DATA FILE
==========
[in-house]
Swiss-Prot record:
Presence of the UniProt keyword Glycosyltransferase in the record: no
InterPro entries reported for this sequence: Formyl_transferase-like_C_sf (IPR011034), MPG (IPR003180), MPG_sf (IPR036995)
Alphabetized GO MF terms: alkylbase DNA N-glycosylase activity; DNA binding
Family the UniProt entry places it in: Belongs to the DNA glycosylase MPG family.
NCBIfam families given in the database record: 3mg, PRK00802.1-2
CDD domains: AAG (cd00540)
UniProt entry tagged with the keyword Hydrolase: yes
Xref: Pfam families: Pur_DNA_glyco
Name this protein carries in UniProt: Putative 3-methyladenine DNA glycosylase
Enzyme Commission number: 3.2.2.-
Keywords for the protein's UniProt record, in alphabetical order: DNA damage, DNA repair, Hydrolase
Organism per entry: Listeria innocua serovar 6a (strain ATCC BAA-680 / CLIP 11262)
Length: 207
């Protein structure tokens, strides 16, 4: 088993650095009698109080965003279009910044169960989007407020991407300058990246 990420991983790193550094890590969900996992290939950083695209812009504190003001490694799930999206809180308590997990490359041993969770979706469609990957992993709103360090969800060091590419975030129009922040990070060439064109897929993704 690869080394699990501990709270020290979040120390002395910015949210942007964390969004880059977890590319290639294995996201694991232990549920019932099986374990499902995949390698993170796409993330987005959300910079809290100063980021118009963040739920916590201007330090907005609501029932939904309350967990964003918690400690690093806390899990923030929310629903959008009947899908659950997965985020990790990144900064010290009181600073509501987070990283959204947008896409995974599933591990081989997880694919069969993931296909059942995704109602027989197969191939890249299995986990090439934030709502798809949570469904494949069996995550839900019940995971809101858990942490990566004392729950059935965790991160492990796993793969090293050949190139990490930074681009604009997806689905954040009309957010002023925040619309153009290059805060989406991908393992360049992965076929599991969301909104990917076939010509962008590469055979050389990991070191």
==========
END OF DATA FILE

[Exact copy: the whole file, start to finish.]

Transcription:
[in-house]
Swiss-Prot record:
Presence of the UniProt keyword Glycosyltransferase in the record: no
InterPro entries reported for this sequence: Formyl_transferase-like_C_sf (IPR011034), MPG (IPR003180), MPG_sf (IPR036995)
Alphabetized GO MF terms: alkylbase DNA N-glycosylase activity; DNA binding
Family the UniProt entry places it in: Belongs to the DNA glycosylase MPG family.
NCBIfam families given in the database record: 3mg, PRK00802.1-2
CDD domains: AAG (cd00540)
UniProt entry tagged with the keyword Hydrolase: yes
Xref: Pfam families: Pur_DNA_glyco
Name this protein carries in UniProt: Putative 3-methyladenine DNA glycosylase
Enzyme Commission number: 3.2.2.-
Keywords for the protein's UniProt record, in alphabetical order: DNA damage, DNA repair, Hydrolase
Organism per entry: Listeria innocua serovar 6a (strain ATCC BAA-680 / CLIP 11262)
Length: 207
């Protein structure tokens, strides 16, 4: 088993650095009698109080965003279009910044169960989007407020991407300058990246 990420991983790193550094890590969900996992290939950083695209812009504190003001490694799930999206809180308590997990490359041993969770979706469609990957992993709103360090969800060091590419975030129009922040990070060439064109897929993704 690869080394699990501990709270020290979040120390002395910015949210942007964390969004880059977890590319290639294995996201694991232990549920019932099986374990499902995949390698993170796409993330987005959300910079809290100063980021118009963040739920916590201007330090907005609501029932939904309350967990964003918690400690690093806390899990923030929310629903959008009947899908659950997965985020990790990144900064010290009181600073509501987070990283959204947008896409995974599933591990081989997880694919069969993931296909059942995704109602027989197969191939890249299995986990090439934030709502798809949570469904494949069996995550839900019940995971809101858990942490990566004392729950059935965790991160492990796993793969090293050949190139990490930074681009604009997806689905954040009309957010002023925040619309153009290059805060989406991908393992360049992965076929599991969301909104990917076939010509962008590469055979050389990991070191």